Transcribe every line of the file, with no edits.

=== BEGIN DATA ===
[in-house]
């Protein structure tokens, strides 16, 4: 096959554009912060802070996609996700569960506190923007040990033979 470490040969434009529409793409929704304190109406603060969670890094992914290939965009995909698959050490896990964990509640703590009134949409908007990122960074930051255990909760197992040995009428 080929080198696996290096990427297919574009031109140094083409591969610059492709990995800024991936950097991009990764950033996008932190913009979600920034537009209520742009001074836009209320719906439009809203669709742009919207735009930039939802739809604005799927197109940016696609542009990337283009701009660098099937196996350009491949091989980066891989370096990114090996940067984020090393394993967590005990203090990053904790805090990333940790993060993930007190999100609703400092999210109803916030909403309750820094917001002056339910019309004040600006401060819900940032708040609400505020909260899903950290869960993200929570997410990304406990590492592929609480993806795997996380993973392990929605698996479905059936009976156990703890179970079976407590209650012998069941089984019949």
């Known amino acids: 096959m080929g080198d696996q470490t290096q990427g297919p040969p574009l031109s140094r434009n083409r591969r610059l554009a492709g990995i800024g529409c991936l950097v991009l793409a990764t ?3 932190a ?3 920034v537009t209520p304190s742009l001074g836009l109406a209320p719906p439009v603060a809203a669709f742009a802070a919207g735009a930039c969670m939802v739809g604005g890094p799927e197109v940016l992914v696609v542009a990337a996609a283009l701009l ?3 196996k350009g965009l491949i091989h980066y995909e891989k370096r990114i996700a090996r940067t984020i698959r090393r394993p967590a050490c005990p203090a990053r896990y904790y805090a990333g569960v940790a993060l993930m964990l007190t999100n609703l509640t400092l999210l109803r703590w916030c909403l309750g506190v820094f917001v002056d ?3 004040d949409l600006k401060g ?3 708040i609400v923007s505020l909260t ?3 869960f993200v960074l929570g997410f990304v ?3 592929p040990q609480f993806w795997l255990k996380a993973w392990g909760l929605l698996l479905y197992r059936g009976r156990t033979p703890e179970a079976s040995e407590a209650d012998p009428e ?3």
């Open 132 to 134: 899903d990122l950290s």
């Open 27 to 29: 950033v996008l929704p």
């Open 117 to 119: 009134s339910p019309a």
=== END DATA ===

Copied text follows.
[in-house]
């Protein structure tokens, strides 16, 4: 096959554009912060802070996609996700569960506190923007040990033979 470490040969434009529409793409929704304190109406603060969670890094992914290939965009995909698959050490896990964990509640703590009134949409908007990122960074930051255990909760197992040995009428 080929080198696996290096990427297919574009031109140094083409591969610059492709990995800024991936950097991009990764950033996008932190913009979600920034537009209520742009001074836009209320719906439009809203669709742009919207735009930039939802739809604005799927197109940016696609542009990337283009701009660098099937196996350009491949091989980066891989370096990114090996940067984020090393394993967590005990203090990053904790805090990333940790993060993930007190999100609703400092999210109803916030909403309750820094917001002056339910019309004040600006401060819900940032708040609400505020909260899903950290869960993200929570997410990304406990590492592929609480993806795997996380993973392990929605698996479905059936009976156990703890179970079976407590209650012998069941089984019949």
């Known amino acids: 096959m080929g080198d696996q470490t290096q990427g297919p040969p574009l031109s140094r434009n083409r591969r610059l554009a492709g990995i800024g529409c991936l950097v991009l793409a990764t ?3 932190a ?3 920034v537009t209520p304190s742009l001074g836009l109406a209320p719906p439009v603060a809203a669709f742009a802070a919207g735009a930039c969670m939802v739809g604005g890094p799927e197109v940016l992914v696609v542009a990337a996609a283009l701009l ?3 196996k350009g965009l491949i091989h980066y995909e891989k370096r990114i996700a090996r940067t984020i698959r090393r394993p967590a050490c005990p203090a990053r896990y904790y805090a990333g569960v940790a993060l993930m964990l007190t999100n609703l509640t400092l999210l109803r703590w916030c909403l309750g506190v820094f917001v002056d ?3 004040d949409l600006k401060g ?3 708040i609400v923007s505020l909260t ?3 869960f993200v960074l929570g997410f990304v ?3 592929p040990q609480f993806w795997l255990k996380a993973w392990g909760l929605l698996l479905y197992r059936g009976r156990t033979p703890e179970a079976s040995e407590a209650d012998p009428e ?3």
């Open 132 to 134: 899903d990122l950290s």
């Open 27 to 29: 950033v996008l929704p």
């Open 117 to 119: 009134s339910p019309a």